Editor’s Note – Mark A. Lies II is a labor and employment law attorney and partner with the Chicago, IL, law firm of Seyfarth Shaw, LLP. He specializes in occupational safety and health law and related personal injury and employment law litigation.
Meagan Newman is a senior associate with Seyfarth Shaw specializing in occupational safety and health and environmental law. Legal topics provide general information, not specific legal advice. Individual circumstances may limit or modify this information.
Shortly before the new year, the U.S. Court of Appeals for the Tenth Circuit rendered an opinion that not only altered the Occupational Safety and Health Administration’s (OSHA’s) burden of proof for its citations, but effectively reduced that burden to little more than a semantic impediment. In Compass Environmental, Inc., v. Occupational Safety and Health Commission; Department of Labor (Dec. 19, 2011), the court declared that OSHA, or the secretary of labor need not establish the elements of the long established four-part Atlantic Battery test to prove a violation but instead must only prove that a “reasonably prudent employer” would have anticipated the hazard at issue and done more to prevent it.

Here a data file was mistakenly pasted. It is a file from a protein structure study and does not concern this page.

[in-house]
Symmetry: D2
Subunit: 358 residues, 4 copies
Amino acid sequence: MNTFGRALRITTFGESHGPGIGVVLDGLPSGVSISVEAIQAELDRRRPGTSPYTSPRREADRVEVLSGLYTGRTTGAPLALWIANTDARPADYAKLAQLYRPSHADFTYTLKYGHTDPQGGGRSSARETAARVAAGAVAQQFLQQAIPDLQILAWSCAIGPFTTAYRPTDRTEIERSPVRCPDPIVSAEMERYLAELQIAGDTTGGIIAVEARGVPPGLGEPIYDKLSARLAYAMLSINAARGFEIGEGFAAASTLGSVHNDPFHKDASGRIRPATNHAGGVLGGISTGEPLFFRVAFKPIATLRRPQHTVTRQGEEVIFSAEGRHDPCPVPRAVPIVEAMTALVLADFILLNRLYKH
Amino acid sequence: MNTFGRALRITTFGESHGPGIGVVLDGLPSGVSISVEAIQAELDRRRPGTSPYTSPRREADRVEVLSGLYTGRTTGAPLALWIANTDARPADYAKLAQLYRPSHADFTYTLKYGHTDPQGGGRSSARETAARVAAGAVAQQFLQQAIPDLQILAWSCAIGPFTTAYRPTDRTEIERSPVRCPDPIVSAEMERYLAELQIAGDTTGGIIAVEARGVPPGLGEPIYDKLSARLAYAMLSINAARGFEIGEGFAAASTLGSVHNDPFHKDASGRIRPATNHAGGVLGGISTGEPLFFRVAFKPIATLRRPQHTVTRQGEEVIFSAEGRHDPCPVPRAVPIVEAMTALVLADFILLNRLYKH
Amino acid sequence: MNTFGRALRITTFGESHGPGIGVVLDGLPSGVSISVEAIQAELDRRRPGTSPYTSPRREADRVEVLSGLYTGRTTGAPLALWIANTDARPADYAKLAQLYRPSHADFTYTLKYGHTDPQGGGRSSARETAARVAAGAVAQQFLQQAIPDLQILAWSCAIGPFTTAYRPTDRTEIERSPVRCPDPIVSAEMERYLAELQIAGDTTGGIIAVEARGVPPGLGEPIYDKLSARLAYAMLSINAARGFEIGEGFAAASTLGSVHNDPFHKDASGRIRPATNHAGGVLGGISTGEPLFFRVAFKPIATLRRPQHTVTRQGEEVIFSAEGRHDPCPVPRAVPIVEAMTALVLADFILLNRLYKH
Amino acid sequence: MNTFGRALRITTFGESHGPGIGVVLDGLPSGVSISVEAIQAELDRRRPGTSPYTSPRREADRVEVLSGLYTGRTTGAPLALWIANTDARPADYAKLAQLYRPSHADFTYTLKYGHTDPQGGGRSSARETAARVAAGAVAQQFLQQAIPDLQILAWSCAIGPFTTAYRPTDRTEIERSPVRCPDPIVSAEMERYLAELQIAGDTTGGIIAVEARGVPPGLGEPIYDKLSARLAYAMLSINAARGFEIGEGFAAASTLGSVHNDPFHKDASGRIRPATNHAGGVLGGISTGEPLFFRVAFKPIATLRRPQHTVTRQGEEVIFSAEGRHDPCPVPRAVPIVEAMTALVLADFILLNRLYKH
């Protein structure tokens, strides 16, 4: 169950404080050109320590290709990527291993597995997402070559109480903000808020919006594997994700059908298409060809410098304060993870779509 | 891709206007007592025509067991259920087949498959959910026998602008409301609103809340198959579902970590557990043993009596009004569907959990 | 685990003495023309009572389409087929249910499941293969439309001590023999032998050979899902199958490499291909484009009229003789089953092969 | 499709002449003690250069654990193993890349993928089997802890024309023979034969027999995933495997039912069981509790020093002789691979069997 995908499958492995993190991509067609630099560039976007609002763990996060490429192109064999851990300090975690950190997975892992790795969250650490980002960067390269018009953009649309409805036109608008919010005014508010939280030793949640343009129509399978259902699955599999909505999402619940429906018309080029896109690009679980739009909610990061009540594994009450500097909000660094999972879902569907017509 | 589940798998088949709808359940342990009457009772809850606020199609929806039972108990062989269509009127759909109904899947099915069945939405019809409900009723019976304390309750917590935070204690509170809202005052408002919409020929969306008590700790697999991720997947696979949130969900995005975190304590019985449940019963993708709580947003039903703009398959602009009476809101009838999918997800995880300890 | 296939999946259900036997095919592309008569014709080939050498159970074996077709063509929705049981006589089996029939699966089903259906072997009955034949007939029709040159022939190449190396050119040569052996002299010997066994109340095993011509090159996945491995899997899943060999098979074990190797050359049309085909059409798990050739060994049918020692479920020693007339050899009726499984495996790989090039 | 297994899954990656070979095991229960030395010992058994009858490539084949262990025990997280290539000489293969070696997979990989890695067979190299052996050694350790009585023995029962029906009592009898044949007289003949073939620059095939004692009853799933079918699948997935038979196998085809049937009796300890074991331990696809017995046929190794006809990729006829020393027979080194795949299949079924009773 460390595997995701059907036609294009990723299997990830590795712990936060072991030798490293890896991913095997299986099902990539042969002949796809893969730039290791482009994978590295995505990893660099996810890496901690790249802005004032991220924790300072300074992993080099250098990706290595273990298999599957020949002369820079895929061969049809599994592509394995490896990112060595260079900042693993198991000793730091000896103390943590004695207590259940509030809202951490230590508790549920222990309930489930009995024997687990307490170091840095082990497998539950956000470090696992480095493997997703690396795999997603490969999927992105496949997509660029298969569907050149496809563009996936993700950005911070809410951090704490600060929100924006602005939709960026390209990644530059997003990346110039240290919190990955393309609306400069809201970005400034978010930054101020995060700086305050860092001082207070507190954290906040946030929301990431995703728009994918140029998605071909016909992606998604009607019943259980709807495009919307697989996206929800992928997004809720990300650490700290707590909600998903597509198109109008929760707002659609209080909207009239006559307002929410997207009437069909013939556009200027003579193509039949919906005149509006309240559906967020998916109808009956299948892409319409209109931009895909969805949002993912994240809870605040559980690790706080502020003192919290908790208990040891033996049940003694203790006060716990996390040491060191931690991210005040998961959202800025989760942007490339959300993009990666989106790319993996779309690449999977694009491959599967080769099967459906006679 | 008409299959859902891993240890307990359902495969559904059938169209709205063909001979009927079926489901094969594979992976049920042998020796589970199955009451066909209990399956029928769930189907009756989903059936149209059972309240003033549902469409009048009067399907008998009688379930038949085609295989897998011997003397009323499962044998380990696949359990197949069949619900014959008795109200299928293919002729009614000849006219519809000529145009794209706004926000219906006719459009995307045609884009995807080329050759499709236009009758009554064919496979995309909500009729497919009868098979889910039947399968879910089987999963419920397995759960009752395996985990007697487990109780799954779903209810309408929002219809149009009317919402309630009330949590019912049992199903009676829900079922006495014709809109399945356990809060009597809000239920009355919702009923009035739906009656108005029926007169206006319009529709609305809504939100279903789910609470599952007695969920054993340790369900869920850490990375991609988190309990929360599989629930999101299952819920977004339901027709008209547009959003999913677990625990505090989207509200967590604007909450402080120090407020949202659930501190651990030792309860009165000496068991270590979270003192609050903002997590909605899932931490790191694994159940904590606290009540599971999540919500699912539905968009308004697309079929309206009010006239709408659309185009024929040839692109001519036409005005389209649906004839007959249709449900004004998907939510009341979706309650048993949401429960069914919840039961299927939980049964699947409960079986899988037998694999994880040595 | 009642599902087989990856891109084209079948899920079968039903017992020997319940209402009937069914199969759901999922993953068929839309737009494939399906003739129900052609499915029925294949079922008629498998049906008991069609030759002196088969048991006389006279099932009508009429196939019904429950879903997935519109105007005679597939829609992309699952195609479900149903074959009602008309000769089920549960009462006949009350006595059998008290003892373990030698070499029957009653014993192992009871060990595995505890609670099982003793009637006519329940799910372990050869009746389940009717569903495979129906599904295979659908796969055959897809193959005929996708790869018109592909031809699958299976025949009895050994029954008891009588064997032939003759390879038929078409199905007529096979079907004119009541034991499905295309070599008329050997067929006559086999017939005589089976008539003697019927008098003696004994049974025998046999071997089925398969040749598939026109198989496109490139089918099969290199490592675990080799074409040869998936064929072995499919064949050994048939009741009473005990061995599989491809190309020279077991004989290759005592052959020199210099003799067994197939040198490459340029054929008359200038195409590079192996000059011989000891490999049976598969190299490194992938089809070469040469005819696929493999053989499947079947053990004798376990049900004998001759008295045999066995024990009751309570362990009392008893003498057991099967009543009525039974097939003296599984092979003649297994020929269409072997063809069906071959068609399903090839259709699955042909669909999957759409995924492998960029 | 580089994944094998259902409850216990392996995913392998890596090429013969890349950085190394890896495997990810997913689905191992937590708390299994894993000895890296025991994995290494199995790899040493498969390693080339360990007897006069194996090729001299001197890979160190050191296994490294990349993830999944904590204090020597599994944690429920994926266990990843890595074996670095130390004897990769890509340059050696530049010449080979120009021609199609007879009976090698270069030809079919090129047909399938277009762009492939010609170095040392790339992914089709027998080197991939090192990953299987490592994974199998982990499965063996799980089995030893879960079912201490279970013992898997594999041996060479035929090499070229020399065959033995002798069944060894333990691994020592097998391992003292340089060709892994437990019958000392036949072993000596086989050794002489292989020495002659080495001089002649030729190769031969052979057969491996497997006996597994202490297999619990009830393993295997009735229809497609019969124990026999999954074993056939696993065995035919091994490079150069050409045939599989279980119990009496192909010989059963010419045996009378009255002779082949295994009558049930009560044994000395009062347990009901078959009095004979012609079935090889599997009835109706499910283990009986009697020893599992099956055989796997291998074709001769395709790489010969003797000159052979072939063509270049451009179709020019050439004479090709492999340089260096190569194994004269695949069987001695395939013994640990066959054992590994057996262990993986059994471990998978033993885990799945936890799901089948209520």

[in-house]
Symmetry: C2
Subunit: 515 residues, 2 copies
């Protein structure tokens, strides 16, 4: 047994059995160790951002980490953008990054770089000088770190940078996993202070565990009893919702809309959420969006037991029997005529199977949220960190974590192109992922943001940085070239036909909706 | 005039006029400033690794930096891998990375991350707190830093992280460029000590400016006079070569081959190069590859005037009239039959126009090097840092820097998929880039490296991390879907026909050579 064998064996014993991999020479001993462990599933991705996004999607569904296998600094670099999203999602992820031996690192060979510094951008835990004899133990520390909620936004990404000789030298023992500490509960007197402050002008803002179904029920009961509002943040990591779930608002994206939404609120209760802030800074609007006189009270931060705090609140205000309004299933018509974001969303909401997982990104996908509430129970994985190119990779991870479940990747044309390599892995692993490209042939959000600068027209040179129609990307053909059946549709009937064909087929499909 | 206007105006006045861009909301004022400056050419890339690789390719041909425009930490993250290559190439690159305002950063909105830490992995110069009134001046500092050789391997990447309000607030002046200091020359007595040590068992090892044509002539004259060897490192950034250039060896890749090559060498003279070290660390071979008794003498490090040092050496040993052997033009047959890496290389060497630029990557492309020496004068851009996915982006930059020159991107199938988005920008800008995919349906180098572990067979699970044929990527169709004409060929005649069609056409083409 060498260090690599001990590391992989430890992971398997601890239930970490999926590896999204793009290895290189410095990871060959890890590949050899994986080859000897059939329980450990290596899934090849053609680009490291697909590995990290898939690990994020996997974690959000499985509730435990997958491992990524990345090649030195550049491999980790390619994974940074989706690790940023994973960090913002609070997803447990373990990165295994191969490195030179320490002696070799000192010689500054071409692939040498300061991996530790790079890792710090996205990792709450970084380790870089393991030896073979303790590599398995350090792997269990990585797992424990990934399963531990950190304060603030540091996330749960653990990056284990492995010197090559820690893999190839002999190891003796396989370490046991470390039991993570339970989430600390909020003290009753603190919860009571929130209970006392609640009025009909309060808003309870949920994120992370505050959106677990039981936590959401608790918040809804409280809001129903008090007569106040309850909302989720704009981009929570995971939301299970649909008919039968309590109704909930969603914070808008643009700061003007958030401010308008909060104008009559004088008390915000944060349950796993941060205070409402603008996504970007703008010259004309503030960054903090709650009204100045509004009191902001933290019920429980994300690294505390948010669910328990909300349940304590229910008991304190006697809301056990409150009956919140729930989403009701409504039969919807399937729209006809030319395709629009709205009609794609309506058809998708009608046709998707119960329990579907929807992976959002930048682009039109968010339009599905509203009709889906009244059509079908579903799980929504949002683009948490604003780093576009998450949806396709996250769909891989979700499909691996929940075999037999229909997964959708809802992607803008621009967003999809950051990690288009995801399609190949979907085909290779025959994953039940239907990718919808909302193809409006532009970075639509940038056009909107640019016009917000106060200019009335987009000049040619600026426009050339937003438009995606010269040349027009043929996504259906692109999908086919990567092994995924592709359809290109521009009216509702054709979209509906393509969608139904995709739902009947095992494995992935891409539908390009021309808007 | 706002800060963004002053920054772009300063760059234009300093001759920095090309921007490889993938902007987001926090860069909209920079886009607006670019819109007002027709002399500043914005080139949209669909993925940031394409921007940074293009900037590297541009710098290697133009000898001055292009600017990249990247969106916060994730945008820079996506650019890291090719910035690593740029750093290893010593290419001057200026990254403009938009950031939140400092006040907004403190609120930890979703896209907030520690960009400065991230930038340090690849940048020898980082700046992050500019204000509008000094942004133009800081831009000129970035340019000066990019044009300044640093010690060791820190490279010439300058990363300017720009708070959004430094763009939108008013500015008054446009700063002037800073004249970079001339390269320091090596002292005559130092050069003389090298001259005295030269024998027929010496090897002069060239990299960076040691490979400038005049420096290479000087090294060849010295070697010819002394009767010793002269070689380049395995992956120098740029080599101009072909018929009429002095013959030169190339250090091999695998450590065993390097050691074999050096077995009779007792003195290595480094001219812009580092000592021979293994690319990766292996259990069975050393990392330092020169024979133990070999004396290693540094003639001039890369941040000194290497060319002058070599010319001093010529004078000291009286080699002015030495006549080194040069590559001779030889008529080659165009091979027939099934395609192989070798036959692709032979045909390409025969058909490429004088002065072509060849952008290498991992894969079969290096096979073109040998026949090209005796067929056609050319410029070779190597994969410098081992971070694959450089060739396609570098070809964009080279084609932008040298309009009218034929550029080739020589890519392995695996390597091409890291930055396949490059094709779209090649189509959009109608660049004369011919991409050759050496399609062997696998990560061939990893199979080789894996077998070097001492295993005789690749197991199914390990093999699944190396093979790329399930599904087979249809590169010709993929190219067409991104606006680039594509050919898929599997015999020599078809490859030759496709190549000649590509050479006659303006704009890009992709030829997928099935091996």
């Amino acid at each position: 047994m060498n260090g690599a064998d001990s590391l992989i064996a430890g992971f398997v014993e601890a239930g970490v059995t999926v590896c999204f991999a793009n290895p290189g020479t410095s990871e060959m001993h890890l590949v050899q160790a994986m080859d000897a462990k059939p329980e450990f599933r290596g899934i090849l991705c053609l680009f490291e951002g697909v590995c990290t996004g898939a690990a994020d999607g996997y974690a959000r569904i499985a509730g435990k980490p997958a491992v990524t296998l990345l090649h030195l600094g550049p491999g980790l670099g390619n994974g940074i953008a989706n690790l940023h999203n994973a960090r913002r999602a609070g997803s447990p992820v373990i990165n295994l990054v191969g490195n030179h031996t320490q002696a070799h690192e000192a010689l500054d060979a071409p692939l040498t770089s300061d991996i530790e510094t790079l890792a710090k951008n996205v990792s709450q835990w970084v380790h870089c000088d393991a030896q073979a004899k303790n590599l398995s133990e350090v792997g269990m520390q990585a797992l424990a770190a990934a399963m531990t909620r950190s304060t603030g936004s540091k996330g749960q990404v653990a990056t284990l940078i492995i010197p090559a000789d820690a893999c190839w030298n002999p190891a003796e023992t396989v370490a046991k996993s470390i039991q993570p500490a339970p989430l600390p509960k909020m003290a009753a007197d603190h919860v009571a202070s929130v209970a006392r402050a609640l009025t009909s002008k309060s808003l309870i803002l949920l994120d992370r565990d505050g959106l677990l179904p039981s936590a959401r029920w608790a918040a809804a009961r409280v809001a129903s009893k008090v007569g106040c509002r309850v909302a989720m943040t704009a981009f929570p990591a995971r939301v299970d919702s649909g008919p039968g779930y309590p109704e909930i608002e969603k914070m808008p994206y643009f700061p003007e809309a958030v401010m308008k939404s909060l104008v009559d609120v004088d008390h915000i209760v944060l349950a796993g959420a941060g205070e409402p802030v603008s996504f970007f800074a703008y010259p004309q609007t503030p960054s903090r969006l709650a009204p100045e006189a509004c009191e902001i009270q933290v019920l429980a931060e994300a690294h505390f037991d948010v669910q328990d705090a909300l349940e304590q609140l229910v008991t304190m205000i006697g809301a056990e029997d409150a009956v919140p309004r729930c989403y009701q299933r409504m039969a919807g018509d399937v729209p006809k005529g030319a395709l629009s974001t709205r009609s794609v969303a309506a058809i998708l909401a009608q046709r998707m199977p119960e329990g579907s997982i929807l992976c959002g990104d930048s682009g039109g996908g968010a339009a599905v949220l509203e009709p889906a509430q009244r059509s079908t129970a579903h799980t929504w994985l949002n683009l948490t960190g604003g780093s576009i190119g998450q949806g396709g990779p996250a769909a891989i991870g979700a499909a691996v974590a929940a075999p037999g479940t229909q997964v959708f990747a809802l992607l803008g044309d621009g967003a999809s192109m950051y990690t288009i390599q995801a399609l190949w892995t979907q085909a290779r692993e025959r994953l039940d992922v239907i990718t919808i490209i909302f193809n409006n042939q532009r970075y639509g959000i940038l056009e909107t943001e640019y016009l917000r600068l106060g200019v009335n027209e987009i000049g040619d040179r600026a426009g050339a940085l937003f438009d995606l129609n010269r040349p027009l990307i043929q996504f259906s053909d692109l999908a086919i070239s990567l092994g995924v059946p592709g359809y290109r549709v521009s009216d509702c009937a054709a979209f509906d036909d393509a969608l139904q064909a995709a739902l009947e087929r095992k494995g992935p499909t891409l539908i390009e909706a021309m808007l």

Further, the court found this burden met where the secretary of labor had simply asserted that the employer at issue failed to act as a reasonably prudent employer without offering any evidence regarding whether a reasonably prudent employer in the same industry would have even recognized the hazard and, if so, what protective measures, if any, would have been taken. In effect, the employer’s liability is viewed in a vacuum with no reference to some recognized norms of safety recognition in the employer’s industry. According to the court, the secretary of labor only needs to allege and prove that the specific employer’s actions were “imprudent” and the violation will stand.
This decision not only represents a dramatic change with respect to the proof necessary to sustain an OSHA violation, it also challenges traditional notions of due process and fairness in giving an employer notice of what conduct is permissible or prohibited so that it can act accordingly to be compliant.
The Atlantic Battery Test